In collaboration with the Korean Advanced Institute of Science and Technology (KAIST), Tech’s ECE department has created a unique program for students at both the Undergraduate and Graduate level to earn dual degrees from both institutions. The program, which is set to begin in Spring 2011, will allow Tech and KAIST students in their respective ECE departments to spend two years in the other university and receive two undergraduate degrees.
Dr. Sung Kyu Lim, professor in the ECE department and the Director of the program called it a, “more advanced form of two schools working together.” Students from Tech will attend their first year in Atlanta and complete their first-year courses, after which they will attend KAIST for two years. They will then return to Tech to finish their final year.
For master’s students, it will be a simple one-plus-one model, meaning that they will spend their first year at Tech and the final year at KAIST.
The reason for the undergraduate model is because Tech students are required to complete certain classes in Atlanta in order to satisfy ABET requirements. Students will be able to apply for the program while they are at Tech like they would for any other exchange program.
The program will work slightly differently for incoming KAIST students who would study for two years at KAIST before finishing their last two years at Tech.
The concept is similar to Tech students who study at community college before completing the remainder of their coursework in Atlanta.
The tuition structure is set up so that as long as there is an even number of students at both institutions, students will pay regular tuition to their respective schools. Housing and living costs will vary depending on the cost of living of the city.
“KAIST is the No. 1 university in Korea and is steadily rising in rankings in all of Asia. With tremendous growth in the Asian region, KAIST would be a great location to reach out to other Far East countries like Japan, China and Taiwan,” Kim said.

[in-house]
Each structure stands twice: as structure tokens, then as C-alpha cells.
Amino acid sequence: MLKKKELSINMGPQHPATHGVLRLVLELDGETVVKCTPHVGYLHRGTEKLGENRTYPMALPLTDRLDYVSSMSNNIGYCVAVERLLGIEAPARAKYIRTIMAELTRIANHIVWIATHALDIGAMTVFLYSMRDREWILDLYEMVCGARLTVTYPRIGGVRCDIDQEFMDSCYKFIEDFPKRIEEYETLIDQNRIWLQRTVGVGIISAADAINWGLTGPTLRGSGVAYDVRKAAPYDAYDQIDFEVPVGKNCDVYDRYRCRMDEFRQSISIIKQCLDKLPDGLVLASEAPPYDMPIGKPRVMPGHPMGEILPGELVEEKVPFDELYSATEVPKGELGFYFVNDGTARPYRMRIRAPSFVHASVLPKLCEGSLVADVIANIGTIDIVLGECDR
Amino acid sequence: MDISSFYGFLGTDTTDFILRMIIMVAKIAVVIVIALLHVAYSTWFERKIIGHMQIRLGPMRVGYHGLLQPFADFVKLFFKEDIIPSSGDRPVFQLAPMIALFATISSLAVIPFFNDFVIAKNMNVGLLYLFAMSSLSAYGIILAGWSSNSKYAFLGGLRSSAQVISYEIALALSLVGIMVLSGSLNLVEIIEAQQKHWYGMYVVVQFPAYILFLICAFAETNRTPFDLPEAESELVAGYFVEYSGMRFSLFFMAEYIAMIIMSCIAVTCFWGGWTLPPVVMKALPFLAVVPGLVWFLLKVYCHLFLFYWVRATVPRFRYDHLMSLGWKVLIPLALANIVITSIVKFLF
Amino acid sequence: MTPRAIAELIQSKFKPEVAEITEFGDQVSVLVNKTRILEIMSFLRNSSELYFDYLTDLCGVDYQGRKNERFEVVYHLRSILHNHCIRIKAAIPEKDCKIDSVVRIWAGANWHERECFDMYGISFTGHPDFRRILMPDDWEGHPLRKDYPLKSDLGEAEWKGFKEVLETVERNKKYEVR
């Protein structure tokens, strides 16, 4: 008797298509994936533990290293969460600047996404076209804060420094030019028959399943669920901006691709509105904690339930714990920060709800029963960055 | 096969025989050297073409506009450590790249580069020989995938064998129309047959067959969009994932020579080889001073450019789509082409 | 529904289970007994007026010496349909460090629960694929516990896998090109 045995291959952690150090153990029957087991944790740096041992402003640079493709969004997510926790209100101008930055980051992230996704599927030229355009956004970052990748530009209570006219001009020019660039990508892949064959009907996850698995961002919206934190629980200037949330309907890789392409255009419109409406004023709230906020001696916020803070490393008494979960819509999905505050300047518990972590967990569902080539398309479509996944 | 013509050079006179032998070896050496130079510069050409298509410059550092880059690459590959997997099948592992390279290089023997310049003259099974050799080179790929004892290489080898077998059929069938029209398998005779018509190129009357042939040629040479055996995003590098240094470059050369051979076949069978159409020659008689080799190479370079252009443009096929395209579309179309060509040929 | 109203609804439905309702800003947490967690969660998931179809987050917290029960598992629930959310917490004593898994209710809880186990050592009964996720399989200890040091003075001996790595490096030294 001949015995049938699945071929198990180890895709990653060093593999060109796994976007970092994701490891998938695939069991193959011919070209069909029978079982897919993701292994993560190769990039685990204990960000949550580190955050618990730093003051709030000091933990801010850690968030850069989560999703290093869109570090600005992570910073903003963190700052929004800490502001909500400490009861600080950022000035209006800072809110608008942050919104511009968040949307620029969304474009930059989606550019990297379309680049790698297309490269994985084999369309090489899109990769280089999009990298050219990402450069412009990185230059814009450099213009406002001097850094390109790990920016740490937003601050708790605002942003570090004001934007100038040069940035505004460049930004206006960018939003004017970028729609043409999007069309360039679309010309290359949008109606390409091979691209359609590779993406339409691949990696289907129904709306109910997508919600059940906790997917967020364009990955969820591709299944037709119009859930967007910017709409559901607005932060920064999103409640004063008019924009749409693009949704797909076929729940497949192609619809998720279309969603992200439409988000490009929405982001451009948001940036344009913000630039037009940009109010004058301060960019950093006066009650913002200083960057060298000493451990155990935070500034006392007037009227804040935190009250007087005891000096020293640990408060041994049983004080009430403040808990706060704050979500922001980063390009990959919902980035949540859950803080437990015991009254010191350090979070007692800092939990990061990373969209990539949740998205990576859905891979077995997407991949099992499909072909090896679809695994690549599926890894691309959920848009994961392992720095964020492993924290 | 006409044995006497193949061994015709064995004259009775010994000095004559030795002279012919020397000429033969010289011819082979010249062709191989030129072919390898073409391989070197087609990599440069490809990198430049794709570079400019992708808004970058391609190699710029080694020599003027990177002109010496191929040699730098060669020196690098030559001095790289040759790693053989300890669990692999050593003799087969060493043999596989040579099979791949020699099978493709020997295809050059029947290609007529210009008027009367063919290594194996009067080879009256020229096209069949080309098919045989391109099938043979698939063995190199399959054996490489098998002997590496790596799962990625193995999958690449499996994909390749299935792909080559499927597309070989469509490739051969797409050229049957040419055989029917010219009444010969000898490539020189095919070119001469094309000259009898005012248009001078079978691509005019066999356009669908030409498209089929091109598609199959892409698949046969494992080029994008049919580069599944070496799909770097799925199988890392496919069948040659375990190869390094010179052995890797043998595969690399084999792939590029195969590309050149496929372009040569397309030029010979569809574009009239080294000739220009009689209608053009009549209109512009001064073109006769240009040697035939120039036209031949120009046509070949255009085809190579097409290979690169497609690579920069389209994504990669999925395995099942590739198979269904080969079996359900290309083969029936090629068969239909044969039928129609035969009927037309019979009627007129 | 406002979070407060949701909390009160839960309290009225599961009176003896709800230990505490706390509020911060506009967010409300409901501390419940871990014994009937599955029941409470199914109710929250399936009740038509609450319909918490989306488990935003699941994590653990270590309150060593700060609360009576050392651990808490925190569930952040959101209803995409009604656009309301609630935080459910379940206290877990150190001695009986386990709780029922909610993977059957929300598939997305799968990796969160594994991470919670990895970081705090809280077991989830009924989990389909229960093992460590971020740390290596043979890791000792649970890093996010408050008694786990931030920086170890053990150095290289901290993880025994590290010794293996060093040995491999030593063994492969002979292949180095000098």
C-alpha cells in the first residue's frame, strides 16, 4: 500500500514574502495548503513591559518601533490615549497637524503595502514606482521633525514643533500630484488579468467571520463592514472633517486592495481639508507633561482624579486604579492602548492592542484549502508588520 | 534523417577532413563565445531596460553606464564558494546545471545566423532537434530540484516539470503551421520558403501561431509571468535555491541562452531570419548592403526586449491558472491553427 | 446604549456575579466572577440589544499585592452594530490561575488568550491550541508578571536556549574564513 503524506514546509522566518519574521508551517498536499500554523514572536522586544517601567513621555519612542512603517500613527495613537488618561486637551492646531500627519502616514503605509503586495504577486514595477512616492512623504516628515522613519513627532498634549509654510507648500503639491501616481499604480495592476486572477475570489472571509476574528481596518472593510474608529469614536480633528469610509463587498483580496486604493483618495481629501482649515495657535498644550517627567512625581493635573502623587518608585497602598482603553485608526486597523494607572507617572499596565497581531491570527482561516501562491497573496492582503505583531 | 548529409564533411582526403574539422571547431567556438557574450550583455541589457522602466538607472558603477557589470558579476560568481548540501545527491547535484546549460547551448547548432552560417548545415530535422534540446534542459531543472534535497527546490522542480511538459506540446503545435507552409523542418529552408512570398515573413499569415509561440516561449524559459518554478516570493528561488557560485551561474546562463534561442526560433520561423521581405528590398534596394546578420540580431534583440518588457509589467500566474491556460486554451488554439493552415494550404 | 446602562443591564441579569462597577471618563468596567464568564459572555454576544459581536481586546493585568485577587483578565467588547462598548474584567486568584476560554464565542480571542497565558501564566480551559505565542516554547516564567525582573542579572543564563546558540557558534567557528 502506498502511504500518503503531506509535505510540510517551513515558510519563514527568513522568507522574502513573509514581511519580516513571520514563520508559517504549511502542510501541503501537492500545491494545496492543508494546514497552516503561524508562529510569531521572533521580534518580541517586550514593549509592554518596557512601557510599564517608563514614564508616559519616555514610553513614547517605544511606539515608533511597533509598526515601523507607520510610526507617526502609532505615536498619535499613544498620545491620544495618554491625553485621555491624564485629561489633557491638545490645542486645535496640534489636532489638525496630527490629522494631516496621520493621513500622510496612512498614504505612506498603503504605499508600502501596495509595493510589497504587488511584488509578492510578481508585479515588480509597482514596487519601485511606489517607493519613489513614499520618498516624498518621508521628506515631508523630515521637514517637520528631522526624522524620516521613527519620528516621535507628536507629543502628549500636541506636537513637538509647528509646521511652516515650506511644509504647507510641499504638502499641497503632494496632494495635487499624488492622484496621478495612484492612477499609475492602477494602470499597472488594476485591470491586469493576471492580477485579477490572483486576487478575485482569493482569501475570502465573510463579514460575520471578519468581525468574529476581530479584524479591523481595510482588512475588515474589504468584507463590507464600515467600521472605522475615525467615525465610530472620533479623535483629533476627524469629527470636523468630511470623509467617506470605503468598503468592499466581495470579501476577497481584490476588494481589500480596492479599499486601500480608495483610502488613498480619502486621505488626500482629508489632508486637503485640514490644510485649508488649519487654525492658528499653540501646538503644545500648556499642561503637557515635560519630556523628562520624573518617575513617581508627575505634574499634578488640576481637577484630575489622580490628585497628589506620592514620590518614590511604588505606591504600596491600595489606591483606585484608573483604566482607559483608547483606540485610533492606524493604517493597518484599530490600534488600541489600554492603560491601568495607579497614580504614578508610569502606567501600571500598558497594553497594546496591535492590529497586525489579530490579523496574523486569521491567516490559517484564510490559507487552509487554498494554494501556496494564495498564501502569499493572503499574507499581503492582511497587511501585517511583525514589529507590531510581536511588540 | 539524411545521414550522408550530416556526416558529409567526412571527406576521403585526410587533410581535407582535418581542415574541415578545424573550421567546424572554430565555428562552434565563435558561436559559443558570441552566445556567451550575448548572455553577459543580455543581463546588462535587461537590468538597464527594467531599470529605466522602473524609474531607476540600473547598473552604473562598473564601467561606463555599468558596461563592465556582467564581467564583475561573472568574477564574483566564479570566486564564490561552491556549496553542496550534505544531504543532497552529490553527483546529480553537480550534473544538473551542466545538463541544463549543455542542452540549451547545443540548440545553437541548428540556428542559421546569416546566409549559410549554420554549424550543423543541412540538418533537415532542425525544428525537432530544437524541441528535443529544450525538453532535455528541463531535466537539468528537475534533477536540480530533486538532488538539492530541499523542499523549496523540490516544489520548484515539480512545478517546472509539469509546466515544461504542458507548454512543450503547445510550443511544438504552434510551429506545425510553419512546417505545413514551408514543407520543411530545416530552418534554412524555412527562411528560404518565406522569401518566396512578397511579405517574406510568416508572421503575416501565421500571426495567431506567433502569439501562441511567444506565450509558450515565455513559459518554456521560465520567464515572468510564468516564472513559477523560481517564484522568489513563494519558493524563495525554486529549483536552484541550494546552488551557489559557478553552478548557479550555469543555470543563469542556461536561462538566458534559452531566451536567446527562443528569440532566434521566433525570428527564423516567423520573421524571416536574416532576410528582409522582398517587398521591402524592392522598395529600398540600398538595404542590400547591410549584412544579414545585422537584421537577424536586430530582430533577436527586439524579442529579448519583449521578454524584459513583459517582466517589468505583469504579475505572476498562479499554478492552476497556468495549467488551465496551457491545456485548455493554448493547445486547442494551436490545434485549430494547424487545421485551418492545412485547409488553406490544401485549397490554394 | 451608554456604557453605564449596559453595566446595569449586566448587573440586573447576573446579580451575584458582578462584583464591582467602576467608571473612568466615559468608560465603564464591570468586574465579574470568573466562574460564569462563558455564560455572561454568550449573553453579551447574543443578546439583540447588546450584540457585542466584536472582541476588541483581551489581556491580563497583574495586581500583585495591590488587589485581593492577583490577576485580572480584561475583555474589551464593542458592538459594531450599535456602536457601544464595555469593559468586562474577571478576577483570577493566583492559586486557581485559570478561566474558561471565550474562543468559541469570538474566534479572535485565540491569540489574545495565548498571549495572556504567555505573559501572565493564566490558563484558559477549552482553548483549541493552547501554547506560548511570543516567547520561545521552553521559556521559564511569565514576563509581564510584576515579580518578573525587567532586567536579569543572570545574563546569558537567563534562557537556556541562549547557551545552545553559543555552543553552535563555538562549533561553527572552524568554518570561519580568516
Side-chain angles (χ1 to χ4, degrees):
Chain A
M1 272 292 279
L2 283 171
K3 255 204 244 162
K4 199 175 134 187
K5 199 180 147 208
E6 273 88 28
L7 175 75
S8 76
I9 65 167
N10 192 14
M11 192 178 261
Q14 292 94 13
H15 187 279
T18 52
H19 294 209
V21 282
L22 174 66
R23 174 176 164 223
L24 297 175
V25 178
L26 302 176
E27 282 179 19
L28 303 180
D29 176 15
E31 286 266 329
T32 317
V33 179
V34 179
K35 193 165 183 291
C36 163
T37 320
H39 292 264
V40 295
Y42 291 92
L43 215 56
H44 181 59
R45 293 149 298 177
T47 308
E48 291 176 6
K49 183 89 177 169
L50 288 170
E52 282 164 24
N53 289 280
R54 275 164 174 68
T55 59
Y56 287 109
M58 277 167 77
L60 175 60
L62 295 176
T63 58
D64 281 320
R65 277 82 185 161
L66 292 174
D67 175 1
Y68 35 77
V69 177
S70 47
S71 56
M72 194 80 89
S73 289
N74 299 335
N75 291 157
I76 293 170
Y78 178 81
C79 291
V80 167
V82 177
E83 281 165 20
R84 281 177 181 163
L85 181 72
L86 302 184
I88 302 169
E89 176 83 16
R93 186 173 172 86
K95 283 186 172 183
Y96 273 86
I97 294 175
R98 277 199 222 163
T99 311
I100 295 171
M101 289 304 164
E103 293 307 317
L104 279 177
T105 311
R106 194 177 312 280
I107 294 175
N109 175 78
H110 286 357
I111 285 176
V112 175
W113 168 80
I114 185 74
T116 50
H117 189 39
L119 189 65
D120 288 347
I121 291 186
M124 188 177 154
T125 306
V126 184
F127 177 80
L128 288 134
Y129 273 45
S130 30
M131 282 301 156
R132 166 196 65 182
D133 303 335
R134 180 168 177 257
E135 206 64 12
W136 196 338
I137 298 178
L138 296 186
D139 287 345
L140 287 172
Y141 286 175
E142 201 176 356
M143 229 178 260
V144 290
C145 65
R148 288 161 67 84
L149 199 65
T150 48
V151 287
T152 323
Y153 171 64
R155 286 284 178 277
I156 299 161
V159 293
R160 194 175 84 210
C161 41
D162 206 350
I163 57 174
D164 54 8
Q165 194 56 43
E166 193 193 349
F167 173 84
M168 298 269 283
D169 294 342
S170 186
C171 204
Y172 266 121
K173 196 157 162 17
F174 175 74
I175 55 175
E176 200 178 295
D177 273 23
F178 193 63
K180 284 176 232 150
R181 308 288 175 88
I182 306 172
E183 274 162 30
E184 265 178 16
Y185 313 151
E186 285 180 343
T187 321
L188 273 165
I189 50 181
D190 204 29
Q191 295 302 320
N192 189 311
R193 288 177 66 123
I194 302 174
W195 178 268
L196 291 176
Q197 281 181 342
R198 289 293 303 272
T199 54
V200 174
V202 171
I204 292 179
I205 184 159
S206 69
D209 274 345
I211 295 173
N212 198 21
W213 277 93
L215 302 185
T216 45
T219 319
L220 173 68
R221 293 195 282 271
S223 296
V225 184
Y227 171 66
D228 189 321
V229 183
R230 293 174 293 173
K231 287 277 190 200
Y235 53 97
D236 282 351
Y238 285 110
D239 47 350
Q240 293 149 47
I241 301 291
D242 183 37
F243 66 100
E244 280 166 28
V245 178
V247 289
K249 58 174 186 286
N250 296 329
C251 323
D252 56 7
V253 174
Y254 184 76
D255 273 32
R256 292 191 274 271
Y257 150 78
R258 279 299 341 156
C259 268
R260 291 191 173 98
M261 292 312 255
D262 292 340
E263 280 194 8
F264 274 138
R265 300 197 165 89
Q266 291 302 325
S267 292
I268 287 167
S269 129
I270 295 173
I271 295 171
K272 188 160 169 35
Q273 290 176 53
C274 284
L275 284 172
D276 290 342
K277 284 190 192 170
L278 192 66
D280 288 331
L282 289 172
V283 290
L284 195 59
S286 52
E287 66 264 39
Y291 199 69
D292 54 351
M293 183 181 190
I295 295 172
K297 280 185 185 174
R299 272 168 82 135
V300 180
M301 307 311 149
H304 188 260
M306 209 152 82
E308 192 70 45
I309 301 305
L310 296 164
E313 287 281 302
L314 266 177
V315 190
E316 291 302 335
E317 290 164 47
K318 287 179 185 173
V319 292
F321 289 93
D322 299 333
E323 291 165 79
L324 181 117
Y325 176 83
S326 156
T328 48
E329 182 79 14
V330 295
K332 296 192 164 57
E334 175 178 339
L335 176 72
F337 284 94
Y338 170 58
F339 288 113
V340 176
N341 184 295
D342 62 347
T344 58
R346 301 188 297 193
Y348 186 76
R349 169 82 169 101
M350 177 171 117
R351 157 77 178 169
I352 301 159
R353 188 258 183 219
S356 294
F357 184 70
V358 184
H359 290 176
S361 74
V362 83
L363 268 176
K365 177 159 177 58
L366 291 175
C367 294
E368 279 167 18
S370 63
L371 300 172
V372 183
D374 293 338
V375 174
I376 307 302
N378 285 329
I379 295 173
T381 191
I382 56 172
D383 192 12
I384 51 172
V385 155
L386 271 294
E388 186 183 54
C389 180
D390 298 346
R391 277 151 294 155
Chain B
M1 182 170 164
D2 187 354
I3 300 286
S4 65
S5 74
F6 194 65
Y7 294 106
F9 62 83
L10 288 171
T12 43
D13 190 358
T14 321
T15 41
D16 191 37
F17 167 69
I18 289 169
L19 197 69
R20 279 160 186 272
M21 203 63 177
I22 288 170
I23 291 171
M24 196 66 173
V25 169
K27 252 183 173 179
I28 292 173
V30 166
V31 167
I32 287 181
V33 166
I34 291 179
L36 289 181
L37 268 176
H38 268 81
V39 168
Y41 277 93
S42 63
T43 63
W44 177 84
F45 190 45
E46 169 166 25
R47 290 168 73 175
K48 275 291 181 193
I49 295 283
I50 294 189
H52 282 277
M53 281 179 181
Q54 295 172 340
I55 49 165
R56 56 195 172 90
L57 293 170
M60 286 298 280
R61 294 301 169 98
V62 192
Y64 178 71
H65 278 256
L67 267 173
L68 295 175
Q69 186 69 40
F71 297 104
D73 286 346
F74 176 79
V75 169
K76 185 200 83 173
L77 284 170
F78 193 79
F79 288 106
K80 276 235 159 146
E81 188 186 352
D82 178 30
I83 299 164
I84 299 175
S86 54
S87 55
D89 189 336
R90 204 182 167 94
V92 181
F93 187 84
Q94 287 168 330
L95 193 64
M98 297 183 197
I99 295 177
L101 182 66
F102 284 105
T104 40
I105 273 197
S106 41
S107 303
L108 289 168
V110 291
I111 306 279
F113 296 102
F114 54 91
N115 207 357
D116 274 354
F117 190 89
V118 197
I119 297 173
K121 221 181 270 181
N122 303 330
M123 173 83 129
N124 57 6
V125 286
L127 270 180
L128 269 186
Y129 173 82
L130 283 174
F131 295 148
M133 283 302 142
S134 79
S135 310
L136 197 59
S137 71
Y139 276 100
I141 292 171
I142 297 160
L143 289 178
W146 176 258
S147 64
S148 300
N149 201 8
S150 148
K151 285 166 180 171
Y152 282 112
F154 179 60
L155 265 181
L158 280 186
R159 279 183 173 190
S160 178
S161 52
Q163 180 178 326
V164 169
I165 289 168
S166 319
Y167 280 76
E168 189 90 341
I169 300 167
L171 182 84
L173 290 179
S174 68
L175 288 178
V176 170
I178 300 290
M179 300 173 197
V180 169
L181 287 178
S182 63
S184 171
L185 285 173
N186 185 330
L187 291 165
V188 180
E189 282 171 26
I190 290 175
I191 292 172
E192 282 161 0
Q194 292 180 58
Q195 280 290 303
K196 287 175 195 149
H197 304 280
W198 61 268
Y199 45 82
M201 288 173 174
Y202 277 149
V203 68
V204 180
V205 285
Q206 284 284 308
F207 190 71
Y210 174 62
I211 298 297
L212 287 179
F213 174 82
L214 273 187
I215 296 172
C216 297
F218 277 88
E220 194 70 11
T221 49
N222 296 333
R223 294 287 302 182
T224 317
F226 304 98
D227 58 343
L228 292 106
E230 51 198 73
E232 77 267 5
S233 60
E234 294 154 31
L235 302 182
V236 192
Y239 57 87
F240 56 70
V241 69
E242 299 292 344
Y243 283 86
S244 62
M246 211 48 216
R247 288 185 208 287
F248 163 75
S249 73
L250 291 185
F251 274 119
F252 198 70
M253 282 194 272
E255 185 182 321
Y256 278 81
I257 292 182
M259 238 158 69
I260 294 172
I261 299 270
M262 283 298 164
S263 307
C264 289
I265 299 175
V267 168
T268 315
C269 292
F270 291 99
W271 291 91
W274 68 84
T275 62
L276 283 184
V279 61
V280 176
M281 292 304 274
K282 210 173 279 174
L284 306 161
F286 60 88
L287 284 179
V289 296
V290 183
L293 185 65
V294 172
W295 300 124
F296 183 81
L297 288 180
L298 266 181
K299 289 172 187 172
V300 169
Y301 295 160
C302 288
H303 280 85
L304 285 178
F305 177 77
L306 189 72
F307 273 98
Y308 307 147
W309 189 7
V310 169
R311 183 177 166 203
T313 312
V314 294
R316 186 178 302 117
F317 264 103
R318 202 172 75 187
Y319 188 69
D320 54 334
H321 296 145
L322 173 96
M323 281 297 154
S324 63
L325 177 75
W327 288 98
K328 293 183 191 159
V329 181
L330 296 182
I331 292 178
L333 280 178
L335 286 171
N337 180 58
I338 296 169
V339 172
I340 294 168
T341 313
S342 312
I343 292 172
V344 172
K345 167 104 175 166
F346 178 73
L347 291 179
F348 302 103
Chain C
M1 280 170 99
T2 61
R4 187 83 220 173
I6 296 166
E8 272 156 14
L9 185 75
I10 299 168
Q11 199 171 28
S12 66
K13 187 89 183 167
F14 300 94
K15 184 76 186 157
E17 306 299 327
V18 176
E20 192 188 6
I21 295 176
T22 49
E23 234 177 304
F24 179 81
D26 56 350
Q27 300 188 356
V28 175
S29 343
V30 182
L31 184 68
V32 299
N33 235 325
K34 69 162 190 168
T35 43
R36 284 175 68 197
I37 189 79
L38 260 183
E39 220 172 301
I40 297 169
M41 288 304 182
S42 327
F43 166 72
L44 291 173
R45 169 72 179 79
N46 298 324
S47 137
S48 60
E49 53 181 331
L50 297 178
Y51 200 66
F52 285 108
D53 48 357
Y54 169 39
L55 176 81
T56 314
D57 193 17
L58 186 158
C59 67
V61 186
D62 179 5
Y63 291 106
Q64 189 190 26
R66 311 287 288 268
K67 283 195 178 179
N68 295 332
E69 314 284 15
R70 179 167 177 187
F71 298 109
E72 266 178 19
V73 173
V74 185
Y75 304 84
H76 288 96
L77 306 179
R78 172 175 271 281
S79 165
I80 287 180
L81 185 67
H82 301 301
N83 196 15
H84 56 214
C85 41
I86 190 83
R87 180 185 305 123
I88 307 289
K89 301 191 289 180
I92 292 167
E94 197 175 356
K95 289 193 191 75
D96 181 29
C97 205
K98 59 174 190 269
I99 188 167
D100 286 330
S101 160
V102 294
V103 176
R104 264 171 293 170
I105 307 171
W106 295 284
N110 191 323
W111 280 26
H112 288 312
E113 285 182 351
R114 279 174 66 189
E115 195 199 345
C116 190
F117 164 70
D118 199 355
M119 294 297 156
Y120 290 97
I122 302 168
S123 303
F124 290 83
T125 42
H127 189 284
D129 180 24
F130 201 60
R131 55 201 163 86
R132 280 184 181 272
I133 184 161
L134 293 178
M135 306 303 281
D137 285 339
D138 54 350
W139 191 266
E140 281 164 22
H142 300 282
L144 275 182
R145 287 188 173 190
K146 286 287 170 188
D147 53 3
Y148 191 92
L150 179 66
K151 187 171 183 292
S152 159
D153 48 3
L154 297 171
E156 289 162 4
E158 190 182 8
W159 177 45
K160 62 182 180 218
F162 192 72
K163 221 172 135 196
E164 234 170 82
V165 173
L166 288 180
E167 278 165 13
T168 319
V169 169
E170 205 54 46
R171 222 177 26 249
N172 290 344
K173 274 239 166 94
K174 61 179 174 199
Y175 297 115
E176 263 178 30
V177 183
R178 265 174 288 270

According to Kim, the of presence companies like Samsung, LG and major governmental research organizations close to KAIST will provide a simple and quick gateway to those opportunities.
Korea is ranked amongst the world’s top growing economies. Kim hopes that the experience will provide a great experience for Tech students to learn from the Korean industry, for example IT.
KAIST is located in Daejeon, Republic of Korea. All classes will be offered in English and will give students a great opportunity to learn about Korean culture.
“KAIST is a good location to reach other locations in east Asia…compared to other countries Korea is very wide open when it comes to working with other countries, especially on the educational side. They send a lot of students to the US, and in fact the largest number of [international] students area from Korea,” Kim said.
The process of creating the program began a little over two years. Kim said that it took him multiple meetings and going through different channels. This ranged from meetings with the ECE undergraduate and graduate committees to institute wide committees. There were also discussions with the Institute provost and the president. The discussions led to a trip up to Capitol Hill and a presentation with Dr. Peterson. At all stages, Kim presented the program and answered any questions and solved any issues administrators had.
Choosing Korea as a destination for such a program was also not accidental. Dr. Wayne Clough, former Institute President knew the President of KAIST well.
After a few initial talks and subsequent visits from the ECE chair and vice chair from KAIST, the ball was rolling. They found the right people, and under Dr. Kim’s guidance the program will see its first exchange student in the spring of 2011.